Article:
Lock Wi-Fi to Specific BSSID

If you enjoy using older Apple AirPort routers and use more than a couple in your house, this post may be for you. Ridiculously enough, I’ve got an old AirPort Extreme and three AirPort Express (AE) routers in the house all sharing out the same SSID, “SchwieNation”. The multiple AE routers aren’t so much to extend the massive network, but to give the occupants AirPlay for streaming music.

The AirPort Extreme router nestled away in the wiring closet in the basement is creating a 5 Ghz N-only network and the lowly AE routers scattered throughout the house are set to non-bridging mode and sharing out the same network SSID over 2.4 Ghz. Lately though, I noticed that just about all of the devices in our house were joining the same AE router in the back room and it was causing significant network congestion on our location network and reducing internet download bandwidth.

Devices in our house are running macOS Sierra, which Apple deprecated the ‘airport’ command line’s ability to join a specific BSSID on your network (this means, the ability to join a specific wi-fi router on your network). In Sierra, it seems a Mac just joins the router with the strongest signal.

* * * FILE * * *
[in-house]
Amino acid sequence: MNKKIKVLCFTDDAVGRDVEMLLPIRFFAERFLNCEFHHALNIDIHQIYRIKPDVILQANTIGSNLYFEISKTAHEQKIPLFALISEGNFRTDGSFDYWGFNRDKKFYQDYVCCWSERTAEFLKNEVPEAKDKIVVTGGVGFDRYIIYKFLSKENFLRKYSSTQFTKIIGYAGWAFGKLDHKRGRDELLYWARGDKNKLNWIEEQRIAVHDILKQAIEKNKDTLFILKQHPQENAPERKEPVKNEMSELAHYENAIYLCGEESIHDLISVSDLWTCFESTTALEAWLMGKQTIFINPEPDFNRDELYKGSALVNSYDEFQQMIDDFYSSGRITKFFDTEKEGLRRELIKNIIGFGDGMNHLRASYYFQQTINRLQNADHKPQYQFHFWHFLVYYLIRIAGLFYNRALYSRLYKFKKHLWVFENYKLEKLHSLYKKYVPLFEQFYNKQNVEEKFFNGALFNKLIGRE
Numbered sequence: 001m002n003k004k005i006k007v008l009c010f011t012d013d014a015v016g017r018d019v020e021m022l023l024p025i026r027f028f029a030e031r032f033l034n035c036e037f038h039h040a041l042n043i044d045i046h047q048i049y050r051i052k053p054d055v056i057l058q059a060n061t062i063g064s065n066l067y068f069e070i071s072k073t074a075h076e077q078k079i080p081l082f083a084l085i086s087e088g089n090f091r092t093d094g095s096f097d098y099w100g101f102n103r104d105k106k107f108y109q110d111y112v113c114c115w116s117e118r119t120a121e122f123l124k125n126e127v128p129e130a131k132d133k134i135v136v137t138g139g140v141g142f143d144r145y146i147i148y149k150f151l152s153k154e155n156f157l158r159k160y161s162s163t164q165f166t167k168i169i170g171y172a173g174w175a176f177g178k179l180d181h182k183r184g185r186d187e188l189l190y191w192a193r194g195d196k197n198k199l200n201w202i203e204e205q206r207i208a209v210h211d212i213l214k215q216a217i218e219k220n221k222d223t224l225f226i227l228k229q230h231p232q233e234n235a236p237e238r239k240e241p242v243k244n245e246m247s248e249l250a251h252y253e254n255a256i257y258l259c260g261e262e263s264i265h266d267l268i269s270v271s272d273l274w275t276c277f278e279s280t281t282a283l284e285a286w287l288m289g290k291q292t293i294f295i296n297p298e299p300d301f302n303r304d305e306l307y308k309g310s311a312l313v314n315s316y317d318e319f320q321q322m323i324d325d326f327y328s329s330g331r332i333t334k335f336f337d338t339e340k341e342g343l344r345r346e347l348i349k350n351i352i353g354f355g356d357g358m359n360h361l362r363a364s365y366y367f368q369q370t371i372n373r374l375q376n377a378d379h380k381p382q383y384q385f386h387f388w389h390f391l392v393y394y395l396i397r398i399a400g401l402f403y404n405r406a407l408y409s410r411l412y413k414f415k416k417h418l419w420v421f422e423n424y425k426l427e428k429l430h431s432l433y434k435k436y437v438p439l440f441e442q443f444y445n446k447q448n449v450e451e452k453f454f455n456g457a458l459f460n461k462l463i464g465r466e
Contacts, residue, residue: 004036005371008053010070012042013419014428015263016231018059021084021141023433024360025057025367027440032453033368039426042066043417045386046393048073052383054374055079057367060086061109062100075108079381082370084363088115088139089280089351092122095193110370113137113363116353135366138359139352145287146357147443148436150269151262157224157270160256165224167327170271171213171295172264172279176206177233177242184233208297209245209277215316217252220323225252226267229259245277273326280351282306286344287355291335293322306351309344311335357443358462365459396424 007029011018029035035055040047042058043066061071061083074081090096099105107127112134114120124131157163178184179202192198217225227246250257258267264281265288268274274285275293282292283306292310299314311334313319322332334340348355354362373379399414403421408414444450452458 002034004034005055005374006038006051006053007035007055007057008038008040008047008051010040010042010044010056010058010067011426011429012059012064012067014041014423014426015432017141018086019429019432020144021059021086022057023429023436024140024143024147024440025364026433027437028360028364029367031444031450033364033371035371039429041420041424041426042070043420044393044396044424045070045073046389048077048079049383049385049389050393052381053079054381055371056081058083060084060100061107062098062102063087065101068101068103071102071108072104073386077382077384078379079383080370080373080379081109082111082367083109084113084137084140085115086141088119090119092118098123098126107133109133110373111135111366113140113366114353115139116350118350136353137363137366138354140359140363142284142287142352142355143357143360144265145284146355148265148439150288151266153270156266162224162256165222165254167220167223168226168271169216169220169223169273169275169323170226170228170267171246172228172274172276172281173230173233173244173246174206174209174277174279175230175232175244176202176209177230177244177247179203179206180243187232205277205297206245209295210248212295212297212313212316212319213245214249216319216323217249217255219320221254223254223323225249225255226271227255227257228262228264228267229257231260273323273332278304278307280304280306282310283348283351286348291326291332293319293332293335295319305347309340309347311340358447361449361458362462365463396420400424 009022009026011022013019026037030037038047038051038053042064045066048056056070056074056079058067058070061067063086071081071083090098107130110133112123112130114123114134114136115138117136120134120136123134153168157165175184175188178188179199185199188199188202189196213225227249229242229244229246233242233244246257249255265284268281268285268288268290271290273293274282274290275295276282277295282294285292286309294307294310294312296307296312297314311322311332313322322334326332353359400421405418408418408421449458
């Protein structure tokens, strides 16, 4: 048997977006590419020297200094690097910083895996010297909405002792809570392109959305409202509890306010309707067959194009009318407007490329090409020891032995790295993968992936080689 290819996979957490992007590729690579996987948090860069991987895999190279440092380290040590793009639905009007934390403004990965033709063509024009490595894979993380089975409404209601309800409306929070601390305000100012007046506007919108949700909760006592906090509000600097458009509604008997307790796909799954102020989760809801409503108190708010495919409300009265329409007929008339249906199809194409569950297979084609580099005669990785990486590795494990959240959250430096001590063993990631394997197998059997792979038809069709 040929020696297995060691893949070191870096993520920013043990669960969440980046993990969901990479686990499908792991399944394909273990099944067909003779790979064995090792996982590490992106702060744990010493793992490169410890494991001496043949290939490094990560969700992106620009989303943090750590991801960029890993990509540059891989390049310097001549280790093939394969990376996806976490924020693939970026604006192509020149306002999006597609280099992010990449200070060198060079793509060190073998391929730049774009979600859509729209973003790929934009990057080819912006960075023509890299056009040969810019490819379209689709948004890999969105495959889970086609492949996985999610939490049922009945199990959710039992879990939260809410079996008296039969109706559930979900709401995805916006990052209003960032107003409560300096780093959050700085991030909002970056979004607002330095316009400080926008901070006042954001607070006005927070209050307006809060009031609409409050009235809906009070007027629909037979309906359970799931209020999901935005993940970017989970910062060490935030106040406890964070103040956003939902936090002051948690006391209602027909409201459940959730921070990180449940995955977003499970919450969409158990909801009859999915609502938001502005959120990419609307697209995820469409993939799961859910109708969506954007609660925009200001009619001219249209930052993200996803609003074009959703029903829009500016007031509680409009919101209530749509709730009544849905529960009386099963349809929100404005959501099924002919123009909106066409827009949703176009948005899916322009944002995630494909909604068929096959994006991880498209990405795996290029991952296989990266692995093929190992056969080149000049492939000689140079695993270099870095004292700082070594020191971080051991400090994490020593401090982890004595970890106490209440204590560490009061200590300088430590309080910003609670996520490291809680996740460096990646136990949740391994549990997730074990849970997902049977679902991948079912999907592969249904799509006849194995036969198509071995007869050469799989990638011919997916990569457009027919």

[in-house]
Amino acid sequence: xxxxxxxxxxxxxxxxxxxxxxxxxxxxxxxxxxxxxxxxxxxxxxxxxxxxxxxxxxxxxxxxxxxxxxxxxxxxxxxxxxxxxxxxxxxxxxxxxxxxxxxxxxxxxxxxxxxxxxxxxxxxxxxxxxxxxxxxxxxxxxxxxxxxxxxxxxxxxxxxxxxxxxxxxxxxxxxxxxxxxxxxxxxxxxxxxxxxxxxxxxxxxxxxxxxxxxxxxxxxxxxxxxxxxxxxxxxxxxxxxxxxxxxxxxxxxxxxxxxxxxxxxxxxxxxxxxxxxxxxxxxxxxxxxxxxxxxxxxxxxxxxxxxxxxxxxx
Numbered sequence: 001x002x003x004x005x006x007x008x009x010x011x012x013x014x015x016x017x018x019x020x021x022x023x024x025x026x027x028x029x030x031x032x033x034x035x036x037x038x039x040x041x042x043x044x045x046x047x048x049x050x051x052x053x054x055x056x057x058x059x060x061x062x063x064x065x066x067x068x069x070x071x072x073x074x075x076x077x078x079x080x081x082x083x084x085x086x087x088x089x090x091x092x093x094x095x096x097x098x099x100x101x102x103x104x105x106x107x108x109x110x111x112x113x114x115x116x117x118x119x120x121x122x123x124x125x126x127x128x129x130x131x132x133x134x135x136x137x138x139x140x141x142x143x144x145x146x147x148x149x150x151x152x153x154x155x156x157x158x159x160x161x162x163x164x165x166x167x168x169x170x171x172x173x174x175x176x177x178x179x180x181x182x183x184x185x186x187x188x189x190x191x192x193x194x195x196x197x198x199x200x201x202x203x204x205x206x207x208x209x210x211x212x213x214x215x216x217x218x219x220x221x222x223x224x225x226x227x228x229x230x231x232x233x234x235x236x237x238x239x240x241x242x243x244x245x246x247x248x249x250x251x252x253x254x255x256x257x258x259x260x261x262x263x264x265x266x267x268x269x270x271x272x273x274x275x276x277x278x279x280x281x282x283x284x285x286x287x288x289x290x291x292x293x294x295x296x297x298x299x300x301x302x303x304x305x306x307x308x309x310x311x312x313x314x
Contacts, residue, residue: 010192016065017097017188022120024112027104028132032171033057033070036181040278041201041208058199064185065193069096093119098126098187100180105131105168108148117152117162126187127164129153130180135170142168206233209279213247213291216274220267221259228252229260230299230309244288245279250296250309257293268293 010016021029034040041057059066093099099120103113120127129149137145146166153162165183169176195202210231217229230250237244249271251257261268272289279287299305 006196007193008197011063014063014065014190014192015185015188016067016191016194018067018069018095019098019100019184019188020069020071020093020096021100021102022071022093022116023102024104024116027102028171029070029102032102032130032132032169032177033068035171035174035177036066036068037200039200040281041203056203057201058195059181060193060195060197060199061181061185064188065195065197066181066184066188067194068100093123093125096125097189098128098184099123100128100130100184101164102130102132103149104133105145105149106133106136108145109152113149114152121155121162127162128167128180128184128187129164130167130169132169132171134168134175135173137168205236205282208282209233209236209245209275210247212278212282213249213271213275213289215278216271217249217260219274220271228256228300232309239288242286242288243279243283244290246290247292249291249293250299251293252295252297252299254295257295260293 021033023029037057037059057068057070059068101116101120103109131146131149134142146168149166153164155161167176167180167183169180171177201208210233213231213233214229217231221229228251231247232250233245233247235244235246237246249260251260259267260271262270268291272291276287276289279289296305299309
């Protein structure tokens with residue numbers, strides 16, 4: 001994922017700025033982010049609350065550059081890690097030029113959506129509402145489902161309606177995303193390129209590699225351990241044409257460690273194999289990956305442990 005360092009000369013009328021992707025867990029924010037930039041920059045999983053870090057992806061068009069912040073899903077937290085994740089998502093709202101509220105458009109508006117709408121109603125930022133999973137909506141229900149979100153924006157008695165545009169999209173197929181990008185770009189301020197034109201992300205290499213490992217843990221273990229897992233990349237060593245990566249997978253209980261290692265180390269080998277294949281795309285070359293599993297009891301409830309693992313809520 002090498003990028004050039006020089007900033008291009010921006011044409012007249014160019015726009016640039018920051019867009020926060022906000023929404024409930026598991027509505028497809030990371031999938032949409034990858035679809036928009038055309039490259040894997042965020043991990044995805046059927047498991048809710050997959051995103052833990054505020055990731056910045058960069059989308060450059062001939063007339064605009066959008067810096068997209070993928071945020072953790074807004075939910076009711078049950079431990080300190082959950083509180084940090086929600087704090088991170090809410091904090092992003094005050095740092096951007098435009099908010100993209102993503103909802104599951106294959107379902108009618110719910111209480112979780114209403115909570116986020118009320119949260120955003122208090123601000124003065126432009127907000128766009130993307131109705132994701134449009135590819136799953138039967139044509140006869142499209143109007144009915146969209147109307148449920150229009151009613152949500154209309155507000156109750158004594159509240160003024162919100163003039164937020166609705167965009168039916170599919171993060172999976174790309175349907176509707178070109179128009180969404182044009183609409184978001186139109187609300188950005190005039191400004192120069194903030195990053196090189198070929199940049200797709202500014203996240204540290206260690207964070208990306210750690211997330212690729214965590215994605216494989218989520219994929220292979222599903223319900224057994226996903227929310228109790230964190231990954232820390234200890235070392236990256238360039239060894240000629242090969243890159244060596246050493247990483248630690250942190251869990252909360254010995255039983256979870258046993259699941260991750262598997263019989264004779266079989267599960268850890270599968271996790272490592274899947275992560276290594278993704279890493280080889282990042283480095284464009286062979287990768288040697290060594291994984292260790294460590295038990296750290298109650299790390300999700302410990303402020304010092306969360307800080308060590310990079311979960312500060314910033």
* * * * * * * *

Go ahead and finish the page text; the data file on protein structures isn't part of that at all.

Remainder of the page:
All reports on the web indicated that the workaround is to create separate SSID’s or network names, one name for your 5 Ghz network and a separate name for your 2.4 Ghz network. I didn’t want to do this, as I have several older 2.4 Ghz wi-fi internet of things devices like security cameras, garage door openers, etc. and I didn’t want to have to tell all of them to join a separate network SSID.

The workaround I came up with was to use open the AirPort Utility and connect to the AE router that had all the wi-fi clients in the house. After connecting to it, I hit the Network tab and then placed a check in the box for “Network Access Control”. Then I clicked “Timed Access Control…” and entered in the IoT devices that I wanted to have access and blocked all other users – doing this allowed the legacy devices to connect, but rejected the newer 5 Ghz devices:

Now all the newer devices automatically connect to the AirPort Extreme on 5 Ghz with improved bandwidth (about 10x better throughput in our unscientific testing) and the legacy devices are still happily connected to the older AE router at 2.4 Ghz.

Problem solved!

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